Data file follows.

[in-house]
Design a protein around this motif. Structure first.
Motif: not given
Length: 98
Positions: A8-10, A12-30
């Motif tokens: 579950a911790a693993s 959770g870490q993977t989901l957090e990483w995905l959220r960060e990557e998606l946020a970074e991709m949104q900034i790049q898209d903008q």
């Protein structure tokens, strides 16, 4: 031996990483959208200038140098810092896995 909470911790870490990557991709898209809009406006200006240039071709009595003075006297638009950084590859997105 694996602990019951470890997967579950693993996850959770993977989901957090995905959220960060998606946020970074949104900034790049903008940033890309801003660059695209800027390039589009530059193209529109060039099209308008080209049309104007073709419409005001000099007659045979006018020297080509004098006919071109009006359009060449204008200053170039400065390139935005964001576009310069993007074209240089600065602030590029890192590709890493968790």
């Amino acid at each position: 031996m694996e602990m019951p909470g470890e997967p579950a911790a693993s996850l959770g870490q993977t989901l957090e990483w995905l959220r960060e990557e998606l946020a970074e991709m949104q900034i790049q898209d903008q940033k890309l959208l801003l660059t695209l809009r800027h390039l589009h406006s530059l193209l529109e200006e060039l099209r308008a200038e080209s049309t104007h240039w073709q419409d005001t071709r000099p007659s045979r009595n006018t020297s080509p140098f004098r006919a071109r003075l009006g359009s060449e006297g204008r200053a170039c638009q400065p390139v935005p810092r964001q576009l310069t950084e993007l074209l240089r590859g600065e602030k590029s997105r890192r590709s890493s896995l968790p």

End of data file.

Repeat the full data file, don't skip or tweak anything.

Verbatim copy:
[in-house]
Design a protein around this motif. Structure first.
Motif: not given
Length: 98
Positions: A8-10, A12-30
């Motif tokens: 579950a911790a693993s 959770g870490q993977t989901l957090e990483w995905l959220r960060e990557e998606l946020a970074e991709m949104q900034i790049q898209d903008q």
């Protein structure tokens, strides 16, 4: 031996990483959208200038140098810092896995 909470911790870490990557991709898209809009406006200006240039071709009595003075006297638009950084590859997105 694996602990019951470890997967579950693993996850959770993977989901957090995905959220960060998606946020970074949104900034790049903008940033890309801003660059695209800027390039589009530059193209529109060039099209308008080209049309104007073709419409005001000099007659045979006018020297080509004098006919071109009006359009060449204008200053170039400065390139935005964001576009310069993007074209240089600065602030590029890192590709890493968790």
């Amino acid at each position: 031996m694996e602990m019951p909470g470890e997967p579950a911790a693993s996850l959770g870490q993977t989901l957090e990483w995905l959220r960060e990557e998606l946020a970074e991709m949104q900034i790049q898209d903008q940033k890309l959208l801003l660059t695209l809009r800027h390039l589009h406006s530059l193209l529109e200006e060039l099209r308008a200038e080209s049309t104007h240039w073709q419409d005001t071709r000099p007659s045979r009595n006018t020297s080509p140098f004098r006919a071109r003075l009006g359009s060449e006297g204008r200053a170039c638009q400065p390139v935005p810092r964001q576009l310069t950084e993007l074209l240089r590859g600065e602030k590029s997105r890192r590709s890493s896995l968790p």